To Your Health
August, 2009 (Vol. 03, Issue 08)
Potassium is important for intracellular chemical reactions and regulates the transfer of nutrients to the cells. Potassium is required for proper carbohydrate metabolism.
Severe potassium deficiency can lead to heart attack. Studies have found that potassium can reduce high blood pressure and help to prevent heart attacks. Additionally, potassium supplementation may help to prevent type 2 diabetes in people taking thiazide diuretics
. Research published last year
suggests depleted blood potassium levels may explain why people prescribed diuretics for the treatment of high blood pressure run an increased risk of developing type 2 diabetes. Always discuss dosing with your doctor before taking potassium or any other supplement, particularly if you are currently taking medication for a pre-existing health condition.
Metabolic Syndrome: Metabolism Gone Bad
Metabolic syndrome, also known as Syndrome X or insulin-resistance syndrome, affects an estimated 50 million Americans. According to the American Heart Association (AHA), this syndrome, which significantly increases the risk of coronary heart disease, stroke, type 2 diabetes and other significant health problems (particularly those related to plaque buildup on artery walls) , is actually a constellation of six metabolic factors gone bad:
- Abdominal obesity (excessive fat tissue in and around the abdomen).
- Blood fat disorders: low HDL ("good") cholesterol, high LDL ("bad") cholesterol high triglycerides, which promotes plaque buildups on artery walls.
- Elevated blood pressure.
- Insulin resistance or glucose intolerance (the body can't properly use insulin or blood sugar).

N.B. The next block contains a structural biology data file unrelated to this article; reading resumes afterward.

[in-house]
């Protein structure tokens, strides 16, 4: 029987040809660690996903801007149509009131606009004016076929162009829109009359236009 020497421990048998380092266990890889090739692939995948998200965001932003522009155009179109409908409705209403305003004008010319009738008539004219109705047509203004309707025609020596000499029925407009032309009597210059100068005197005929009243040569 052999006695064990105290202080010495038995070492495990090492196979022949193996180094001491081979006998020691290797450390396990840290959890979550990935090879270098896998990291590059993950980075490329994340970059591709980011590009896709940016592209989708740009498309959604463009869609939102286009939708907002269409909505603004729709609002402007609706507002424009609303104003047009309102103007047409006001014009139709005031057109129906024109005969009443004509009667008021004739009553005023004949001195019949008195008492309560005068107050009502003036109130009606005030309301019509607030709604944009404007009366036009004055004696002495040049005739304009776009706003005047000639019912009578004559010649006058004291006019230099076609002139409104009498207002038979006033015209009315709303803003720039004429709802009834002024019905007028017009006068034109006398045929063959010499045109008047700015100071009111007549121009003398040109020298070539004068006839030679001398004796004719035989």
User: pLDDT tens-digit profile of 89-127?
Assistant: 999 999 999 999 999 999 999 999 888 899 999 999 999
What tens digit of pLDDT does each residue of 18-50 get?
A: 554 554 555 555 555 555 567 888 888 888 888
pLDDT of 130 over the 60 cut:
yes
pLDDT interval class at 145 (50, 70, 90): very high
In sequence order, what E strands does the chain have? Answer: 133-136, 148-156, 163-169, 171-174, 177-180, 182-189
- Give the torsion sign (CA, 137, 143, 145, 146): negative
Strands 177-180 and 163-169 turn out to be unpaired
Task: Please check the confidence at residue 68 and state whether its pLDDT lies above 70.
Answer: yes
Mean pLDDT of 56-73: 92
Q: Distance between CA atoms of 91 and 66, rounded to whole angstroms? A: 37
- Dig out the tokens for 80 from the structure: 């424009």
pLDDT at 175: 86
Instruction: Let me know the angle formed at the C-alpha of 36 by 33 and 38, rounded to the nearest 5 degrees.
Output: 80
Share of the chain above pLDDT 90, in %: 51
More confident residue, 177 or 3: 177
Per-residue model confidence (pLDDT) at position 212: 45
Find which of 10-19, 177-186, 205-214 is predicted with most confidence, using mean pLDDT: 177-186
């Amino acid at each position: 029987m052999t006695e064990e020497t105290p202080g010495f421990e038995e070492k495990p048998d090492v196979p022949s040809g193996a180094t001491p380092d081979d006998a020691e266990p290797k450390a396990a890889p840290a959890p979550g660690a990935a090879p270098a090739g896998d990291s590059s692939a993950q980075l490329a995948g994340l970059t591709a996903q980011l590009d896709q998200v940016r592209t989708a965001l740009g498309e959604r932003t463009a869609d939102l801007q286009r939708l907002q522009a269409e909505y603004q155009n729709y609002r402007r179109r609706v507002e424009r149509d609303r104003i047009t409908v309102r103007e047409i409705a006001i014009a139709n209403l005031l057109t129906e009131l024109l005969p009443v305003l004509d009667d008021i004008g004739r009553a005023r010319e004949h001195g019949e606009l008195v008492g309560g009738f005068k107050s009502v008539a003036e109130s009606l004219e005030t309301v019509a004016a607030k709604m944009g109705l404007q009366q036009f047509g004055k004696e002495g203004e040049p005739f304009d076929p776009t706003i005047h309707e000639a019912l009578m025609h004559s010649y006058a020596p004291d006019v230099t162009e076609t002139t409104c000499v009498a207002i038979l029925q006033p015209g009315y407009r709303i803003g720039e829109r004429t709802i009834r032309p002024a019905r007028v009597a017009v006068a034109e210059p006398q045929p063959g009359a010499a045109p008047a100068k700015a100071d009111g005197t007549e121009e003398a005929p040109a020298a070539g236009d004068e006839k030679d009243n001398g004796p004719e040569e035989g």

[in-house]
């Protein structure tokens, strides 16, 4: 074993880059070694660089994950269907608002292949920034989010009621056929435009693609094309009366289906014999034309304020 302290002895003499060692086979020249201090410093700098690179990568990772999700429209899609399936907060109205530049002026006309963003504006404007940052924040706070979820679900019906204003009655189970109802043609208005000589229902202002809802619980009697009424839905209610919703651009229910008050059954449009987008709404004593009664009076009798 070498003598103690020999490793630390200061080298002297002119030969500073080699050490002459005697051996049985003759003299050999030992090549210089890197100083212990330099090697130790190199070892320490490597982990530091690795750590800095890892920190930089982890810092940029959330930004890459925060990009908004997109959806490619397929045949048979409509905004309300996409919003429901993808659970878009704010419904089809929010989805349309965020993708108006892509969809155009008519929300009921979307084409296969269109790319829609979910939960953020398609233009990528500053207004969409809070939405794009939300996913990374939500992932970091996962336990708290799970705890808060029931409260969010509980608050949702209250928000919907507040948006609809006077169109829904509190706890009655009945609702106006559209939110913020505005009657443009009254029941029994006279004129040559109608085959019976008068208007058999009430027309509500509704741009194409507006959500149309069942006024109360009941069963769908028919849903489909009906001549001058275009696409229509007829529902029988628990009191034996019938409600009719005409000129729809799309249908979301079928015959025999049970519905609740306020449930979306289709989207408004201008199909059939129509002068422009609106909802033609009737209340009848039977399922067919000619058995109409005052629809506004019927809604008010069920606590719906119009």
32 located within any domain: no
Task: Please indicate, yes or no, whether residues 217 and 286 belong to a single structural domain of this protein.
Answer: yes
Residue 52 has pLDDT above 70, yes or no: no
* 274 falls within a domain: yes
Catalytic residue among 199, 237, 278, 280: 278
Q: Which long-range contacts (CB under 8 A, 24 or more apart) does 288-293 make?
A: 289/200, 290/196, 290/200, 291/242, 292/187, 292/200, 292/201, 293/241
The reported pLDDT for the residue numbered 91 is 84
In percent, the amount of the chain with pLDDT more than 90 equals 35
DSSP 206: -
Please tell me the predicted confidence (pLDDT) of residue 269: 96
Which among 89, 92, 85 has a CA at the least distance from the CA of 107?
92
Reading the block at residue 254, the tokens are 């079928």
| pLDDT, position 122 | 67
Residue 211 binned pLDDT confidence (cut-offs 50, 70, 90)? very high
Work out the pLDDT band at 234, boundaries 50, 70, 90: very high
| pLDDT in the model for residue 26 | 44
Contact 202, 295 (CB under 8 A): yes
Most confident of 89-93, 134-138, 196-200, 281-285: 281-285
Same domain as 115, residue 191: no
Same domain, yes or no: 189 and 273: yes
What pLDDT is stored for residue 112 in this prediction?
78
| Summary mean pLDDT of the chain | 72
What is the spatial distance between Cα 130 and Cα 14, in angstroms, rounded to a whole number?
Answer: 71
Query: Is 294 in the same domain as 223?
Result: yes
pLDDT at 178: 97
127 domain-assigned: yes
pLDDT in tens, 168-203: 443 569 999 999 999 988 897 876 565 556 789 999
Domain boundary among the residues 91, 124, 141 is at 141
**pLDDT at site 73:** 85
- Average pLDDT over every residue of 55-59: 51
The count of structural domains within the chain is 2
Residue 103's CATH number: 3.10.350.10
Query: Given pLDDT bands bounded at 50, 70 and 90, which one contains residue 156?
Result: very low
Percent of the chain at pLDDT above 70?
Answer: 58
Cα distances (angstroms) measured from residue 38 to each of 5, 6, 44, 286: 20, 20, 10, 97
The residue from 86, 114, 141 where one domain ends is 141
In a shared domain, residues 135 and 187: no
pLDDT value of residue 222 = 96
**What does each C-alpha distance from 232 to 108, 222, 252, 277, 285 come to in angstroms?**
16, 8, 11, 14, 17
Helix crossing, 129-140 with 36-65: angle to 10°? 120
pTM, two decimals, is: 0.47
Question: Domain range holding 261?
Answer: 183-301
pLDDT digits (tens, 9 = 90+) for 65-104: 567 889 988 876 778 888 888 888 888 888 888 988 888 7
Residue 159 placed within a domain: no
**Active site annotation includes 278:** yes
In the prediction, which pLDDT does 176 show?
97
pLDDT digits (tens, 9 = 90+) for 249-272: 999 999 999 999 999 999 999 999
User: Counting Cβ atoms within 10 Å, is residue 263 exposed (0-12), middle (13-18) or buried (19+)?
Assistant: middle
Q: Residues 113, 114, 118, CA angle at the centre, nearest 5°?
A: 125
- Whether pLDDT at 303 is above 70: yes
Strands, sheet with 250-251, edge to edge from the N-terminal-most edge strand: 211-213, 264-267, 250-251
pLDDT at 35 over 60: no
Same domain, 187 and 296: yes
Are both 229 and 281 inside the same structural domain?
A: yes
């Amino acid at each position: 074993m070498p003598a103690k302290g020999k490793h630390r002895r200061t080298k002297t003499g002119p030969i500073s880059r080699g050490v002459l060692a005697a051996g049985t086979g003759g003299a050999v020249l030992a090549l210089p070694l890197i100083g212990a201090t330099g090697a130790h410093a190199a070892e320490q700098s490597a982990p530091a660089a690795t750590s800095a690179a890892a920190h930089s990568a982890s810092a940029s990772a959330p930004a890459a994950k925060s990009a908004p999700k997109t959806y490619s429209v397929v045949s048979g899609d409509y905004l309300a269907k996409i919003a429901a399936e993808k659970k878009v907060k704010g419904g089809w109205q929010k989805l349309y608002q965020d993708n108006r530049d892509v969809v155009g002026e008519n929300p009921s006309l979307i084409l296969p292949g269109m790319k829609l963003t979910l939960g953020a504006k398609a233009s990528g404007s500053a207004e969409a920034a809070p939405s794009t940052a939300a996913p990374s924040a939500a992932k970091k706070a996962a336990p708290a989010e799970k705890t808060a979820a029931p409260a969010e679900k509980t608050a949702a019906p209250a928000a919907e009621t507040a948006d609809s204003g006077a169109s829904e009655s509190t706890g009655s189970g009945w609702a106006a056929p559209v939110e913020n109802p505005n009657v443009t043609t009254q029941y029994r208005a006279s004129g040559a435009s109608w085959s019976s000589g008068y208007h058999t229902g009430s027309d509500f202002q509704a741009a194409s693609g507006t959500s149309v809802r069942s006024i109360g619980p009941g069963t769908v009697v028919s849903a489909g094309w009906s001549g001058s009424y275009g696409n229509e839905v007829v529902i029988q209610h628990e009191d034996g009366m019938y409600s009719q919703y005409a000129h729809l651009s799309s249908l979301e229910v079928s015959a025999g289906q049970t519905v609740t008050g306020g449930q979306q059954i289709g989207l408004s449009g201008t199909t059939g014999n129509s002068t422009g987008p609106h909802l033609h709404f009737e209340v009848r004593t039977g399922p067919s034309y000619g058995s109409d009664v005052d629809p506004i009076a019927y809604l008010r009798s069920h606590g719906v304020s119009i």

- Prothrombotic state (which elevates the risk of blood clot formation).
- Pro-inflammatory state (e.g., elevated C-reactive protein in the blood; linked to numerous diseases).
The AHA suggests primary interventions to manage or reduce the risk of metabolic syndrome include weight loss (goal is to attain a body mass index of less than 25 kg/m2); increasing physical activity (goal of 30 minutes or more of moderate-intensity activity on most days of the week; and adopting health eating habits, including reducing intake of saturated fat, trans fat and cholesterol. Talk to your doctor for additional information and visit www.americanheart.org.
Ronald Klatz, MD, is the president of the American Academy of Anti-Aging (www.worldhealth.net), a nonprofit organization dedicated to the prevention, detection and treatment of aging-related disease.
Robert Goldman, MD, is the chairman of the American Academy of Anti-Aging (www.worldhealth.net), a nonprofit organization dedicated to the prevention, detection and treatment of aging-related disease.